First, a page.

Hours of Service: Changing It Again?

An example of a truck driver log book in the U...

An example of a truck driver log book in the United States. “PTI” is short for “pre-trip inspection”, as the driver is responsible for ensuring that the vehicle is fit to be driven (i.e., no flat tires, loose bolts, or broken parts). “On duty” time includes fueling, repairs, loading and unloading. “Off duty” time incudes meals and rest stops. (Photo credit: Wikipedia)

This blog is about Hours of Service which the professional driver has to deal with everyday.  Like most drivers, company drivers and owner operators, changing this rule affects us all.  Every few years the Federal Motor Carriers Safety Association (FMCSA) decides to change the rules, they say will help the trucking industry.  Before the driver can get used to the new rule, it is changed again.  When a groups like The Citizens for Reliable and Safe Highways Foundation (CRASH), The Truck Safety Coalition, and The Parents Against Tired Truckers (P.A.T.T.), get information on an accident involving a truck, they automatically think the truck driver is at fault.  In most cases, when their accidents, the police will give the truck driver a ticket without knowing the full details of the accident.

Not all accidents are caused by tired truck drivers, some of them could have come off a 10 hour break and has been driving 2 hours or less.  Accidents happen because someone, whether it be the trucker or the person in the car, has made a mistake.  Because the truck is so much bigger, it is automatically thought of as being at fault.  In 1998, I had an accident by rear ending a car that ducked between me and the truck in front of me, to get off the exit.  Because it was done so fast, the car slammed on breaks causing me to hit them, consequently, I was charged with that accident even though a witness told them what happened.  I was charged with following too close!  I was not tired and my logbook was legal.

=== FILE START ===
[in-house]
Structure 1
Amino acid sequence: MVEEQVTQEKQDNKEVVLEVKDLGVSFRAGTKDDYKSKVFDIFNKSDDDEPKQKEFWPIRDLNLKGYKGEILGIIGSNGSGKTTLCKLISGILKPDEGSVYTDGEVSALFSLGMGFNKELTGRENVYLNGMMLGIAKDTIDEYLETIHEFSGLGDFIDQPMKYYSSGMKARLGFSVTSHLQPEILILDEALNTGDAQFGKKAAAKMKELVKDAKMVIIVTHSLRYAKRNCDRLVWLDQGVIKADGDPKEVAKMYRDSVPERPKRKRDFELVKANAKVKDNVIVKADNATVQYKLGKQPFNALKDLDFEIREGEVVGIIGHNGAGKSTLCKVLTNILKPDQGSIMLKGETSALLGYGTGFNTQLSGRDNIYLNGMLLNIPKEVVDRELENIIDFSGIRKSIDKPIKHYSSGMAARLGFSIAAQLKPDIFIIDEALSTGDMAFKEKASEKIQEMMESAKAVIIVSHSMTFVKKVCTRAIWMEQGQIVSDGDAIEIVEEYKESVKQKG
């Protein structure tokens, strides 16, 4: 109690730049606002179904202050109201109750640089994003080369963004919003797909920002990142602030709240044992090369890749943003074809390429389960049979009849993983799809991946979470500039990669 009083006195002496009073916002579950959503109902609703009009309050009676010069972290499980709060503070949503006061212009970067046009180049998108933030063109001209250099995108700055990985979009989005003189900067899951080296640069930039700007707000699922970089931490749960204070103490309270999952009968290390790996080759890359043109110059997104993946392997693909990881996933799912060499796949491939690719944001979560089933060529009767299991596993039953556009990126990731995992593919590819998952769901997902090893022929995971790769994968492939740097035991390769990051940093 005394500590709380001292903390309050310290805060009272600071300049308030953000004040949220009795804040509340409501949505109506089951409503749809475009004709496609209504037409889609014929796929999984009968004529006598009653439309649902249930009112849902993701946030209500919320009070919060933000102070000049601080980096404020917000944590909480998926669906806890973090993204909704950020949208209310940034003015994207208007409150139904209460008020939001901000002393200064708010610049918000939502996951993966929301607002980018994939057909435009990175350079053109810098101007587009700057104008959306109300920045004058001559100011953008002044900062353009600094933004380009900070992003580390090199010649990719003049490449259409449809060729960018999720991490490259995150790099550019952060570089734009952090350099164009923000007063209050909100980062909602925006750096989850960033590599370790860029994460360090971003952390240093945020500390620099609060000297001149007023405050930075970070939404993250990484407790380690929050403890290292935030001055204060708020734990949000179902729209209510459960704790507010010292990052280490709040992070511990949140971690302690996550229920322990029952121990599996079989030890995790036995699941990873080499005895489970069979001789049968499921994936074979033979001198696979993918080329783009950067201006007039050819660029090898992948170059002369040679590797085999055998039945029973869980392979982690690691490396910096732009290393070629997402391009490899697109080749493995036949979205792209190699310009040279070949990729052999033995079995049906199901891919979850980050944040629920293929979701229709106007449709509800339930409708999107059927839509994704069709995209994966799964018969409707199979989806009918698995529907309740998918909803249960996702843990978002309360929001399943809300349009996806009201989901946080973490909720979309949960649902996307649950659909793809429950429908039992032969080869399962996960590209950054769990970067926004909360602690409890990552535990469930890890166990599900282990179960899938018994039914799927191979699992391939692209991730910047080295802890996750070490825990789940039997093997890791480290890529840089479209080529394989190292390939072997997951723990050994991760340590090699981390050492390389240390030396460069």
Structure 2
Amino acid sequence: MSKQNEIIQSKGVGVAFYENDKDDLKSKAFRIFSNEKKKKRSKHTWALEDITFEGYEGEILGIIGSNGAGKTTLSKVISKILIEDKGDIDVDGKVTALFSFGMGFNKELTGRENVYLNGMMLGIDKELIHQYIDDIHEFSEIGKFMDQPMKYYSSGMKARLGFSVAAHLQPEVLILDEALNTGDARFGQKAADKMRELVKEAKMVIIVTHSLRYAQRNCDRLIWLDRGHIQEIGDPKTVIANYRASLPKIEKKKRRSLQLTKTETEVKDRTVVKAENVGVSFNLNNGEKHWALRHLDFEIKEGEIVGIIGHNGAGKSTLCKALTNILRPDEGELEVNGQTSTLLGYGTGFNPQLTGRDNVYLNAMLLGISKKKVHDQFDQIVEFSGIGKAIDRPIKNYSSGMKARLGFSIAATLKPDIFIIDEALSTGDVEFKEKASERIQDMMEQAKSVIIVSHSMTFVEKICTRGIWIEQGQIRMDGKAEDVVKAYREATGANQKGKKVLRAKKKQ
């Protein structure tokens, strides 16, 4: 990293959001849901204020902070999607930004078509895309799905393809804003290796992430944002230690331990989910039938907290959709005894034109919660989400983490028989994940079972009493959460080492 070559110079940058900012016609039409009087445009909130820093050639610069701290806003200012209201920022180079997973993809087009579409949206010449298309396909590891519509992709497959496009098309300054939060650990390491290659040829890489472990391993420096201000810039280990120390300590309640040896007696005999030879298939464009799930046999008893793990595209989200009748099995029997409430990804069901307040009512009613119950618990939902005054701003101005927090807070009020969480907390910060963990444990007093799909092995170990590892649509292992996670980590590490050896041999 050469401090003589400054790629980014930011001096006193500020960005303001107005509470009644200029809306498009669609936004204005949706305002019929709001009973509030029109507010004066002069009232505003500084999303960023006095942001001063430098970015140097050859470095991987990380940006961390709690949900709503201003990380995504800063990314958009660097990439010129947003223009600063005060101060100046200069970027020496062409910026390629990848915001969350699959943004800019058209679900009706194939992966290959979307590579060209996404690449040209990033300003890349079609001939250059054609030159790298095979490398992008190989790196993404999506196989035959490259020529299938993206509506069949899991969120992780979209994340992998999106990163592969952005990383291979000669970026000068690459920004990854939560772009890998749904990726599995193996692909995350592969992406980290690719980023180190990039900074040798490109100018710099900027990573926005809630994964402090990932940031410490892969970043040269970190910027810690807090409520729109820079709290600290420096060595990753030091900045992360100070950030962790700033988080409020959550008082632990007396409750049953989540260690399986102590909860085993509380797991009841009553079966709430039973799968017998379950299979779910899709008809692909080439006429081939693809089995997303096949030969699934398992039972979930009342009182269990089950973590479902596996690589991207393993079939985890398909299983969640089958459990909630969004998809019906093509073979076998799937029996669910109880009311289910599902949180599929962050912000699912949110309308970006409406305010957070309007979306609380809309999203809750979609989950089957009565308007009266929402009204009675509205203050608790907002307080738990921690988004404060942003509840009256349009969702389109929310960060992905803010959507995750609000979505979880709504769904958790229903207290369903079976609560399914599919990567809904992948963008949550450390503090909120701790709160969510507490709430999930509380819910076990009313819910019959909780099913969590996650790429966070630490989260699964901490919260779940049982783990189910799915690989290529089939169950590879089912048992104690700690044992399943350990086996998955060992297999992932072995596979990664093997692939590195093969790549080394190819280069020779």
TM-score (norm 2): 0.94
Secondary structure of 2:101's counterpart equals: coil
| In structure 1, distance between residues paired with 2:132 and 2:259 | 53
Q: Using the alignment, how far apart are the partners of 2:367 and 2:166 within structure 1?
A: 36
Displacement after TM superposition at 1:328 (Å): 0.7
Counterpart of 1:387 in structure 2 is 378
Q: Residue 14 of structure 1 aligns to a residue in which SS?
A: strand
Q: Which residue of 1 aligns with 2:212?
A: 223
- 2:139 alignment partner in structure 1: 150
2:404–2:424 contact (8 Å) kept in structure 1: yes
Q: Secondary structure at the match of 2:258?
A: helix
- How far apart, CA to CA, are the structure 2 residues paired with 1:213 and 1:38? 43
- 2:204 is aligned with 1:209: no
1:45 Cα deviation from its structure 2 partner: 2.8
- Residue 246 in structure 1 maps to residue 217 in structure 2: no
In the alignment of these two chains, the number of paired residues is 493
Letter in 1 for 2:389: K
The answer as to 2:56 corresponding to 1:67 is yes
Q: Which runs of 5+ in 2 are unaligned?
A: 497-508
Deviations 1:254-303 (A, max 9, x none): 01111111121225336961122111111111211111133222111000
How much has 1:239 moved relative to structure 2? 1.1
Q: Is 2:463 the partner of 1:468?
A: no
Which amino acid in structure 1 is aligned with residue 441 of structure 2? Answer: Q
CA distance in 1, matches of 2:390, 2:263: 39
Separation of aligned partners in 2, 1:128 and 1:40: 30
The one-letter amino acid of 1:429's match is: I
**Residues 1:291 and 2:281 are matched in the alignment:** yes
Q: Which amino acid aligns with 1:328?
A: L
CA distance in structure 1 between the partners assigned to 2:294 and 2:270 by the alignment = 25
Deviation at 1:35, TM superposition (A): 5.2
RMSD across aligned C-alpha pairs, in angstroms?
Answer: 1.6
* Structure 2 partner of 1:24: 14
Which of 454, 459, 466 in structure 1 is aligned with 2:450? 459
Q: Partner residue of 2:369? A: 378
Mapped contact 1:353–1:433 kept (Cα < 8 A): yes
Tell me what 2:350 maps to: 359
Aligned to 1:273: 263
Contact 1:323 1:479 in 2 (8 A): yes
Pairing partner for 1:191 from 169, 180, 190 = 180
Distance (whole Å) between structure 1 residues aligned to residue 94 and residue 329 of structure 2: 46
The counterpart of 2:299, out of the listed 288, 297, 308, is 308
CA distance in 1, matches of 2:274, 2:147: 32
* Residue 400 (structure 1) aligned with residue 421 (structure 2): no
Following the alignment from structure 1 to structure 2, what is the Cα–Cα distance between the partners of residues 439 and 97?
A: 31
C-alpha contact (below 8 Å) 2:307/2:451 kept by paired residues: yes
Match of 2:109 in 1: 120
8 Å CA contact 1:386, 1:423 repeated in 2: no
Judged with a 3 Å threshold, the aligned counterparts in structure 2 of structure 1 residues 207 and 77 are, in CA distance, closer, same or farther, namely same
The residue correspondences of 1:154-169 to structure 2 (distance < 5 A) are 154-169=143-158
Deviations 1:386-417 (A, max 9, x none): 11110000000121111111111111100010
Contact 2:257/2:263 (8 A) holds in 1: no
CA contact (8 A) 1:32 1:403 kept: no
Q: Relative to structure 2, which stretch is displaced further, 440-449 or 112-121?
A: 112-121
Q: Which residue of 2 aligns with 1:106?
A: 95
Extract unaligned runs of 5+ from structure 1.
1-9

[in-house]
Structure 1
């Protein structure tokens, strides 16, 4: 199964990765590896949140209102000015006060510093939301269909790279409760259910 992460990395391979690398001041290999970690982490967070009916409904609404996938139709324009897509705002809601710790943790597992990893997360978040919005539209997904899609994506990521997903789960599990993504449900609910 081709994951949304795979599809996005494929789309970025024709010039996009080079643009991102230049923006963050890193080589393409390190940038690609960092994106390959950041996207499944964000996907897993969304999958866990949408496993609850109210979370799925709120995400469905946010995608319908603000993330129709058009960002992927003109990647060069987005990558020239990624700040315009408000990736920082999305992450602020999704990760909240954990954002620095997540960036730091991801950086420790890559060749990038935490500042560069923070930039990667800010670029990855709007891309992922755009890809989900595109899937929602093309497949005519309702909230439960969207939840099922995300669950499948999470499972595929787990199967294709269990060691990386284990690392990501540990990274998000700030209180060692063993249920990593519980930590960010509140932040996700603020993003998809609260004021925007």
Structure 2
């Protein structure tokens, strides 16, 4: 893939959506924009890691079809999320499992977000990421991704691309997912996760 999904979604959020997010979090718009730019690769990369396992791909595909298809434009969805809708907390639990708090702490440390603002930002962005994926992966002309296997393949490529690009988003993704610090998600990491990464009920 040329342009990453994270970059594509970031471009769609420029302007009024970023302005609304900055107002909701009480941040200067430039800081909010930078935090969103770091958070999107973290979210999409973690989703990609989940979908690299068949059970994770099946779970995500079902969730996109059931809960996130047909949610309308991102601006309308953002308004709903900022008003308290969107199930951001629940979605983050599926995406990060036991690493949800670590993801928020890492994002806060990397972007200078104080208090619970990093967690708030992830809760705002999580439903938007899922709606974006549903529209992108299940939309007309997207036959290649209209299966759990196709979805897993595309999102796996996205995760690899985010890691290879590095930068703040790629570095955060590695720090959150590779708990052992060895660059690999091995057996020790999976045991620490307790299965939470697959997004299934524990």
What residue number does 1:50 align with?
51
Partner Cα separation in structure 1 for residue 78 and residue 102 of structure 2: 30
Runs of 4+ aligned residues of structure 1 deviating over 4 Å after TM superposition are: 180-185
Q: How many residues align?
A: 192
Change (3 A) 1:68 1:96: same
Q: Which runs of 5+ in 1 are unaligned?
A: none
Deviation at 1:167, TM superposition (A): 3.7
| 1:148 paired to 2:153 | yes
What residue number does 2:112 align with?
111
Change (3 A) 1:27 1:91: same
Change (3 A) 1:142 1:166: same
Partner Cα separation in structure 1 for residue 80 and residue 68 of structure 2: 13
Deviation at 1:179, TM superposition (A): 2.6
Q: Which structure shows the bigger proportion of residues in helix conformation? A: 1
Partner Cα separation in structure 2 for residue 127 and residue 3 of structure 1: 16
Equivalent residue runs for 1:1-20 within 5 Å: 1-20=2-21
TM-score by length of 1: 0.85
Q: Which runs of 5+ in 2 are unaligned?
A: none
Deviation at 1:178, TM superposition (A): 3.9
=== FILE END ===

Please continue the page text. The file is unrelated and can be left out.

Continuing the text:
The new rules come into effect on July 1, 2013 and every driver and company needs to get used to them.  It states that you must start your hours reset between 1 a.m. and 5 a.m.  If you calculate this right, the driver is forced to take a consecutive 48 hours off instead of 34 hours.  This time must start on the weekend.  In actuality, it means that truck drivers will work a 5 day work week, Monday thru Friday.  If the FMCSA keeps this up, the owner operator will be gone.  Every company will be running regionally instead of cross country, that leaves the owner operator out.  Companies will not need them because they will be able to move their own freight.  Shippers on the other hand will have a hard time keeping up with the cost of shipping their freight, unless they use a company that have locations across the U.S. or use a company that have team drivers.  In some cases, one trailer could be switched out up to 4 times before it gets to it destination.  How many shippers are going to go for that?

It is also stated in the new rule that a driver must take a 30 minute break after 8 consecutive hours of driving, most drivers do that anyway. The driver just has to make sure they put it on the logbook. Making so many changes to the rules and regulations, discourages a lot of drivers from staying in the industry. Drivers that has been in the industry as long as I have are looking into leaving because of the many changes, we can’t keep up! People that are coming in for the first time don’t know what it was like before all the new rules. I hope as a professional truck driver that the rules will remain this way for a while.

3 responses to “Hours of Service: Changing It Again?

  1. Good grief! I’ve heard about the new HOS and didn’t give it much thought. In my job it usually takes 10 to 12 days for me to run out of hours. You doing freight are the ones being hammered by these rules. Dang!

    I do know there are problem truck drivers BUT there are more selfish and inconsiderate car drivers out there. Being in the outside third lane then swooping stupidly across all other lanes just to exit. I had a police officer do that to me and I blasted my horn at him until I was past the exit and on ramp. Sorry you got the ticket for someone’s stupidity.



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